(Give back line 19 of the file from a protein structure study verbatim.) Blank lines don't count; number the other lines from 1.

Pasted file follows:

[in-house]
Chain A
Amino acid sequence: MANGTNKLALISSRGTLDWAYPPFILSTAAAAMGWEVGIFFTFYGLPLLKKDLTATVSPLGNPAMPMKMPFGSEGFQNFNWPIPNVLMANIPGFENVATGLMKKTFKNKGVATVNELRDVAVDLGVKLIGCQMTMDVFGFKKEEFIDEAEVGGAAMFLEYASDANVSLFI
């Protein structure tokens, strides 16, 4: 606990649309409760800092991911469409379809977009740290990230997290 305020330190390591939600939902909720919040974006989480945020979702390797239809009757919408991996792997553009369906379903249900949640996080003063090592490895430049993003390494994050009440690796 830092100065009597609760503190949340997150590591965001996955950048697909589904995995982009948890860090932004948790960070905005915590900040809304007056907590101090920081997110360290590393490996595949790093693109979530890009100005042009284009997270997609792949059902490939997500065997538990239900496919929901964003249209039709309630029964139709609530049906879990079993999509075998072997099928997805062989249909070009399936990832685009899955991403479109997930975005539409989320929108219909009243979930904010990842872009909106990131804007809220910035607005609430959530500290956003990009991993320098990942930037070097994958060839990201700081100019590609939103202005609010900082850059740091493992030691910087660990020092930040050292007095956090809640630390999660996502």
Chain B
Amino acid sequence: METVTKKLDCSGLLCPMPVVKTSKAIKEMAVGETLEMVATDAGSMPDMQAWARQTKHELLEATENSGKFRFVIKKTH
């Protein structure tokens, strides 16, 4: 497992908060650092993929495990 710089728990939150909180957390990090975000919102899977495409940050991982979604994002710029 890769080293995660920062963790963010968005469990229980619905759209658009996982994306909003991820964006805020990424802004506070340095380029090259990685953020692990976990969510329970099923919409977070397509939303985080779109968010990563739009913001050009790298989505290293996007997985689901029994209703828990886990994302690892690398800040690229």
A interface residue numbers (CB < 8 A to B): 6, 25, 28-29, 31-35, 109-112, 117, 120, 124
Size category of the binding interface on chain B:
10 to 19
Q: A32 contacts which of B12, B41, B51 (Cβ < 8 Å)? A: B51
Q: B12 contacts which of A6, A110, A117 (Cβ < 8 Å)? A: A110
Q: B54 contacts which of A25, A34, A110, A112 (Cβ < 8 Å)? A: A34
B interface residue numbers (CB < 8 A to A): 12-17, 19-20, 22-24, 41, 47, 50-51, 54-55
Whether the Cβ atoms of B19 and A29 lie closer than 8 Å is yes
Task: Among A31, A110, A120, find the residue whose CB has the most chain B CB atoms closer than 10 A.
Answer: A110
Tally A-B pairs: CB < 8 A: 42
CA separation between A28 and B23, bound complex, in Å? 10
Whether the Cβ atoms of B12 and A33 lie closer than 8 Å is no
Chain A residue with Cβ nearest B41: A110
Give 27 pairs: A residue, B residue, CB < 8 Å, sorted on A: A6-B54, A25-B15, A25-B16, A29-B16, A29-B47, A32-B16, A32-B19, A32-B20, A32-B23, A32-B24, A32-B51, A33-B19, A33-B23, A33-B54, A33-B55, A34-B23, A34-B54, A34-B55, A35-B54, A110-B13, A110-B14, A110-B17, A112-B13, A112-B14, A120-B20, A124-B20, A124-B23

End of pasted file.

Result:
CA separation between A28 and B23, bound complex, in Å? 10